"THOSE WHO respect laws must be protected, those who break them must be strictly punished," announced Justice Minister Daniel Lipšic while presenting his new Penal Code, a major overhaul of the country's outdated and frequently amended criminal legislation.
The new code, which will take effect in 2005 if approved by the parliament, introduces tougher penalties as well as a greater range for inevitable defence, enabling the use of guns by potential victims attacked in their homes.
The new legislation also lowers the threshold for criminal responsibility from the current 15 years of age to 14, enabling even young convicts to be sent to jail for life for especially serious crimes like pre-meditated murder.
On the other hand, however, the new Penal Code will introduce alternative penalties for less serious crimes.
Rather than going to jail, people convicted of minor crimes may either be sentenced to unpaid community service raging between 40 and 300 hours or given the option of redeeming their crimes in home confinement.
The code also introduces legal responsibility for companies with punishments set as high as Sk500 million (€12.5 million). Currently it is only possible to punish individuals, but the new code will allow firms to be held responsible if it proves impossible to identify the individuals guilty in business-related crimes.
Lipšic also wants to unify the state's criminal policy so that courts issue standard verdicts for similar crimes.
The justice minister wants to change what he called "a barely understandable practice in which courts issue punishments at the lower end of the scale".
"This is a long-term and negative practice," Lipšic said.
The head of the Slovak Judges Association, Juraj Majchrák, said, however, that justices should not be limited in what sanctions they issue.
"Judges are entitled to decide on the guilt and the scope of the punishment freely. They should not be limited," Majchrák told the Slovak daily SME.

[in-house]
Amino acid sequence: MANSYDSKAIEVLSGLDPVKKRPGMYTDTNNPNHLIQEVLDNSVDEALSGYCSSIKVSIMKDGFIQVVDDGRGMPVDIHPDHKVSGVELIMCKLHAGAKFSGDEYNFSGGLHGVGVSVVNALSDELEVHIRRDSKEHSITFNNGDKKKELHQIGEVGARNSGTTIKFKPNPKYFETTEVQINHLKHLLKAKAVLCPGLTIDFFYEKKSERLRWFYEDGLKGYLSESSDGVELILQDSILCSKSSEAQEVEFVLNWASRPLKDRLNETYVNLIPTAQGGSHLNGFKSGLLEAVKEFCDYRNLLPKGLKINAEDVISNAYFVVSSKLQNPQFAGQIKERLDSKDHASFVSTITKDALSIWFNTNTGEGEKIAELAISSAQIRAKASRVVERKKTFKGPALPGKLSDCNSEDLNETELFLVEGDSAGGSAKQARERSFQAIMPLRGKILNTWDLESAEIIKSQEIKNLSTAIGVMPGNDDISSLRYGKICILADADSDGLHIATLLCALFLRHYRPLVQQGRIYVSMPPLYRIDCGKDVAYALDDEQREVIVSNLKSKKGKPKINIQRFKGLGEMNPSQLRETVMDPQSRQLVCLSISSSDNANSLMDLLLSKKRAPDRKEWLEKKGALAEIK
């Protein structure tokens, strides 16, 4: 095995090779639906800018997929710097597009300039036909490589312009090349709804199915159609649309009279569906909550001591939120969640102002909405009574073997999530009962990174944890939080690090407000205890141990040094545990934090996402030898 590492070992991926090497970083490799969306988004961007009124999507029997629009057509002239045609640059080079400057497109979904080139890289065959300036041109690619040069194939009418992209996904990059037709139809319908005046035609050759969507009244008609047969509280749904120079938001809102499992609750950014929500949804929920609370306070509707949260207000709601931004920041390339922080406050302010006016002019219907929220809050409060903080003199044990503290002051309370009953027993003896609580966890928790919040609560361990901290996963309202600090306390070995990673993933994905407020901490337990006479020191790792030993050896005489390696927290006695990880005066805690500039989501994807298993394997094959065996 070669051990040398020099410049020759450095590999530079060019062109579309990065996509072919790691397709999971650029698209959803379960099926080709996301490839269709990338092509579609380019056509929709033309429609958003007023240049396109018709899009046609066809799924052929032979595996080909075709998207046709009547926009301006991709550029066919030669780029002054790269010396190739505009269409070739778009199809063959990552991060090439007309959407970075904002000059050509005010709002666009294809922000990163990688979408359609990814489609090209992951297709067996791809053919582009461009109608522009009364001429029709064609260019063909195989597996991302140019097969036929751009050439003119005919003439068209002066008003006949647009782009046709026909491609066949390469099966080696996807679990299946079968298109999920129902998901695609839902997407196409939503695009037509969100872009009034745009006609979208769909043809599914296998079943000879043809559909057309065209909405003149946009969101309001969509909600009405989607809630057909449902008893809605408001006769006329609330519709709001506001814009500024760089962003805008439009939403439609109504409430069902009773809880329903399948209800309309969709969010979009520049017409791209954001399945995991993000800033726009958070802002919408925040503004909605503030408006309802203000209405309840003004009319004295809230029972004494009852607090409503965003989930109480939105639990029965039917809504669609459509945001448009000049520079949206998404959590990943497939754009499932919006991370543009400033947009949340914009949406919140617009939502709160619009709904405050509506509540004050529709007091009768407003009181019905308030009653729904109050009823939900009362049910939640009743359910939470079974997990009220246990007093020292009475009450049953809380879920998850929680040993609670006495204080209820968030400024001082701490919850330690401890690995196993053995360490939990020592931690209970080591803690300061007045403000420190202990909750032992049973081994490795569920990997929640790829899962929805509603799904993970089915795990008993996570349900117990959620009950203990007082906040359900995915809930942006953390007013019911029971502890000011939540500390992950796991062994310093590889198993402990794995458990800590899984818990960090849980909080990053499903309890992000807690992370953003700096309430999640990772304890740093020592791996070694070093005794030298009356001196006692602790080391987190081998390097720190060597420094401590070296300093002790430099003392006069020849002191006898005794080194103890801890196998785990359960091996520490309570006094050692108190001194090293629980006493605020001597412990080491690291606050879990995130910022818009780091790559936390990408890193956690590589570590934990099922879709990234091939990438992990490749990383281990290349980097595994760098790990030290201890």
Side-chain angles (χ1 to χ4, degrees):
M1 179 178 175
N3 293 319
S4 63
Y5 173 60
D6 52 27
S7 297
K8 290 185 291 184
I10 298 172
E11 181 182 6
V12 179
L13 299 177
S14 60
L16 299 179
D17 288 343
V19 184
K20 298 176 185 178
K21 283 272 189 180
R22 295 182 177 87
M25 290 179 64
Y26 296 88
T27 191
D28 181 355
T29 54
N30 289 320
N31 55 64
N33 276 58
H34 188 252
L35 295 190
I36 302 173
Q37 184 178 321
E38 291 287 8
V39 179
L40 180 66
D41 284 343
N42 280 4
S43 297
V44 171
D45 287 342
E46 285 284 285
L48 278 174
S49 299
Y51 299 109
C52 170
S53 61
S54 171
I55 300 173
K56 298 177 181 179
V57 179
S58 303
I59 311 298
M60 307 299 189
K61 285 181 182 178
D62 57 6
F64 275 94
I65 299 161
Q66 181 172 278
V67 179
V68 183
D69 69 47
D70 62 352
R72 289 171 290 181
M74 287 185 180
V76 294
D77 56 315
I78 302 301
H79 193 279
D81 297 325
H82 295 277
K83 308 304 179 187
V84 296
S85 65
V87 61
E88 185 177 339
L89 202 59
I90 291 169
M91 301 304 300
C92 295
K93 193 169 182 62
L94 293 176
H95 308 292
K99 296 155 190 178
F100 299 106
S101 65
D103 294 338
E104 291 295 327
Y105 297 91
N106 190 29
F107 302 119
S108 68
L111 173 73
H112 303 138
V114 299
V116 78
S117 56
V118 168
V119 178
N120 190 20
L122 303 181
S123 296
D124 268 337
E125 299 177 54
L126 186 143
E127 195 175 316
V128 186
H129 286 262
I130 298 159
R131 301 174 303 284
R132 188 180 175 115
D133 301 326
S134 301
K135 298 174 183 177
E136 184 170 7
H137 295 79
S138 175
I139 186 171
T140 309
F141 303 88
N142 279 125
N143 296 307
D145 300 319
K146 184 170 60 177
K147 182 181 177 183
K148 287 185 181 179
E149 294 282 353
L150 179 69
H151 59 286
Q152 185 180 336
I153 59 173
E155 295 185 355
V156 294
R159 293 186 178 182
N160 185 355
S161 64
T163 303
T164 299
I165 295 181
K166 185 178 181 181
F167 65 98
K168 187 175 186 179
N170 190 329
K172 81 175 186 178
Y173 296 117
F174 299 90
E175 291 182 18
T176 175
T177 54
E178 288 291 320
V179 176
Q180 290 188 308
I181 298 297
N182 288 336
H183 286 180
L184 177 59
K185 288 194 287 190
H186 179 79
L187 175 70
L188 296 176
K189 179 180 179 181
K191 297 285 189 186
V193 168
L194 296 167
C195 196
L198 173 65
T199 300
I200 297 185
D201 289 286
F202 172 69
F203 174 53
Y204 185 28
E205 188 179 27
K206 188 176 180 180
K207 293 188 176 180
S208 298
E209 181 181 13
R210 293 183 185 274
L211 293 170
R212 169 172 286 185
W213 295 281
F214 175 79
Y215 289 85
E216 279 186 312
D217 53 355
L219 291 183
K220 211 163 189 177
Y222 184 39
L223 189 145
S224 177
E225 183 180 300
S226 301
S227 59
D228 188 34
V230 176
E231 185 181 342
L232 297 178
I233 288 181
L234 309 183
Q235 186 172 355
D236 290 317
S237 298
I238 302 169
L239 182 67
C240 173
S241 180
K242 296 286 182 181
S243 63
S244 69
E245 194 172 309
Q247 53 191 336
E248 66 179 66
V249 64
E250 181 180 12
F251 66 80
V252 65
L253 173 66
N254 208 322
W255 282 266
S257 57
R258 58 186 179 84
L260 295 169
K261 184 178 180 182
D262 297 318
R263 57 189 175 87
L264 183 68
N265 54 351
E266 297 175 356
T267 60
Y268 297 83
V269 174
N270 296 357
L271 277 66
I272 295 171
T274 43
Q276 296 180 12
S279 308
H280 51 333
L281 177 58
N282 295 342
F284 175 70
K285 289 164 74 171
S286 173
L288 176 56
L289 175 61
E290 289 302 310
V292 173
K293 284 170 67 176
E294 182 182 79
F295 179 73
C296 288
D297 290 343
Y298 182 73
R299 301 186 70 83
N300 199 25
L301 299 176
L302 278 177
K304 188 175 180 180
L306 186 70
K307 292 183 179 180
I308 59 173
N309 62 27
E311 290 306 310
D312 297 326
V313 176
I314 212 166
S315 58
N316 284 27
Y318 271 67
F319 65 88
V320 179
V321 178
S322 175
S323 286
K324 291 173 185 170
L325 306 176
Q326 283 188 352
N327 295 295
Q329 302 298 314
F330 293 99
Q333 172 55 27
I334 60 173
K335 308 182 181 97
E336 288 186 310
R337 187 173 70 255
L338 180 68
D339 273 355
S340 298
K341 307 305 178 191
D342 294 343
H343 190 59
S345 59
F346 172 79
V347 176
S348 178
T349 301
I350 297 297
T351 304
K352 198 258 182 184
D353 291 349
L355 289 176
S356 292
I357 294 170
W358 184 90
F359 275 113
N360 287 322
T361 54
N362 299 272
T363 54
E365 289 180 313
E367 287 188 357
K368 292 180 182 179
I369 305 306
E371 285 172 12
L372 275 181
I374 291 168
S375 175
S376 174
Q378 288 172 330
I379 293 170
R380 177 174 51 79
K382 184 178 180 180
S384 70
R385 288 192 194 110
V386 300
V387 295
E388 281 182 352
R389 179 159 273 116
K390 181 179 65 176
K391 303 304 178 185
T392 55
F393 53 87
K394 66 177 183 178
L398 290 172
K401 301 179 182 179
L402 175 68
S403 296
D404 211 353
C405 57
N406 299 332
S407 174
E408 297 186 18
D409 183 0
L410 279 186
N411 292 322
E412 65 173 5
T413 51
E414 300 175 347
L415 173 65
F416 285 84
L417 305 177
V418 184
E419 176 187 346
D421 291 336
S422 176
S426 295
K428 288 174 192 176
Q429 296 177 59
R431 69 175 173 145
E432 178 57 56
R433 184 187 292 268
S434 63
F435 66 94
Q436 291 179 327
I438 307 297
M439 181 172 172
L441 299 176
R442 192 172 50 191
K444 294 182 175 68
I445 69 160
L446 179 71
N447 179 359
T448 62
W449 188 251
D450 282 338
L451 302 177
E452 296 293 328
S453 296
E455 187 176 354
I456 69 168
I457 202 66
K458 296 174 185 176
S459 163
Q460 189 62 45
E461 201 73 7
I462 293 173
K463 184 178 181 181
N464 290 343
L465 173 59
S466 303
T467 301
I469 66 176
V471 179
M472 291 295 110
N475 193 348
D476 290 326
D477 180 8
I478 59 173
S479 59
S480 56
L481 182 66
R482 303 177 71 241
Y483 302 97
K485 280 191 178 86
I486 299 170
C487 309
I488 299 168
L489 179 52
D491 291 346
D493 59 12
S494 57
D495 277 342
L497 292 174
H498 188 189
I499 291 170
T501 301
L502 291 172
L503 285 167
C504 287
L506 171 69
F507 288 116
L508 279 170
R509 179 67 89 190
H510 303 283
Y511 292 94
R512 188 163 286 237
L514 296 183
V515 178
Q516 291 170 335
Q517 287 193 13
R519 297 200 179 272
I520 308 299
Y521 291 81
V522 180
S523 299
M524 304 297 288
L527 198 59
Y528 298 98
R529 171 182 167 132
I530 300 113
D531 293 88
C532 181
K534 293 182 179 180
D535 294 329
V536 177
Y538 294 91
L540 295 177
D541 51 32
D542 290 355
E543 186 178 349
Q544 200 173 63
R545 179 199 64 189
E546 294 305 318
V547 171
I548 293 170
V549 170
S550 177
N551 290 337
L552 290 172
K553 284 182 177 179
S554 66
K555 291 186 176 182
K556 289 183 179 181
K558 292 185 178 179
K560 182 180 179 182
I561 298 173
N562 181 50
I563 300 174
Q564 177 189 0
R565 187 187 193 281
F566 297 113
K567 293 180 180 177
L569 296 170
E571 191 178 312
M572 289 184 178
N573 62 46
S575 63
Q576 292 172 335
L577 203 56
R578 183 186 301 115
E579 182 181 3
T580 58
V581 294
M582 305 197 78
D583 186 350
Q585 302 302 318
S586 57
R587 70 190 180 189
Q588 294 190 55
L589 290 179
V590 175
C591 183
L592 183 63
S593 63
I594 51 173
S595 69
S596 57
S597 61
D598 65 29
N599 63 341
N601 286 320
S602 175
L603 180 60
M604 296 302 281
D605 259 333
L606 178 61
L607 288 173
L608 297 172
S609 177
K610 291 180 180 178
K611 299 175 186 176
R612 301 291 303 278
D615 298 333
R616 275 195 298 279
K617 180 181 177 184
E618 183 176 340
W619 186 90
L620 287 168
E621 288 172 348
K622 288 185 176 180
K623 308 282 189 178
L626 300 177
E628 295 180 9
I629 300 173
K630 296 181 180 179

The current Penal Code has been valid since 1961 and multiple amendments since the fall of communism have shown the need for its essential overhaul, the Justice Ministry's white paper states.
"Crime - its scope and gravity - has become a pressing social problem. After years of silence when the media did not report crime [under communism], we talk about this problem openly because it was after the 1989 [Velvet] Revolution that we started to encounter crime and its brutal expression in our society more frequently," the white paper reads.
According to the ministry, the fall of communism also brought new types of crime to a society in which private ownership had not existed.
White-collar crime, extortion, and other new forms of tax and property crimes appeared in the transforming state with little effective legislation to punish the criminals.
"Loosened morals, the desire for property, and the advantages related to it leads part of the population to violent crime as well as sexual delinquency, and it also needs to be considered that our society did not avoid the wave of drug use and the wide range of related crimes," states the white paper.
A special part of the ministry's proposal deals with penalties and the new rules under which convicts can be freed on parole.
According to the new legislation, convicts can be released only after two-thirds of their penalty time. Criminals sentenced for serious crimes will only be released, on the condition of good behaviour, after three-quarters of their time, and those facing a life sentence will have to do at least 25 years.
Some critics warned, however, that high penalties would not necessarily prevent people from committing crime, which is on the rise in Slovakia, according to statistics the Interior Ministry recently published.
According to a security report that the Slovak cabinet discussed recently, police registered 11,893 crimes last year, which was the highest number in a decade.
Almost every second crime remains unsolved. Slovakia suffered Sk61.7 billion (€1.5 billion) in damages resulting from these crimes, which is a growth of Sk32.9 billion (€820 million) year-on-year. White-collar crime contributed considerably to the figure.
While some lawyers said that the cabinet had not explained why it has decided to strengthen penalties rather than stress prevention, Justice Minister Lipšic, who is a member of the right-wing Christian Democrats, has said that he expects higher penalties to scare would-be criminals.
His already approved "three strikes and you're out" system, which sends repeat criminals to jail without parole, was the first legal change in this direction.
Some judges and lawyers, however, favour the minister's approach and say that the proposed changes are needed. "Crime and brutality are on the rise," Vladimír Čečot, head of the criminal law department at the Comenius University's Faculty of Law in Bratislava told the daily Pravda.
26. Apr 2004 at 0:00 | Martina Pisárová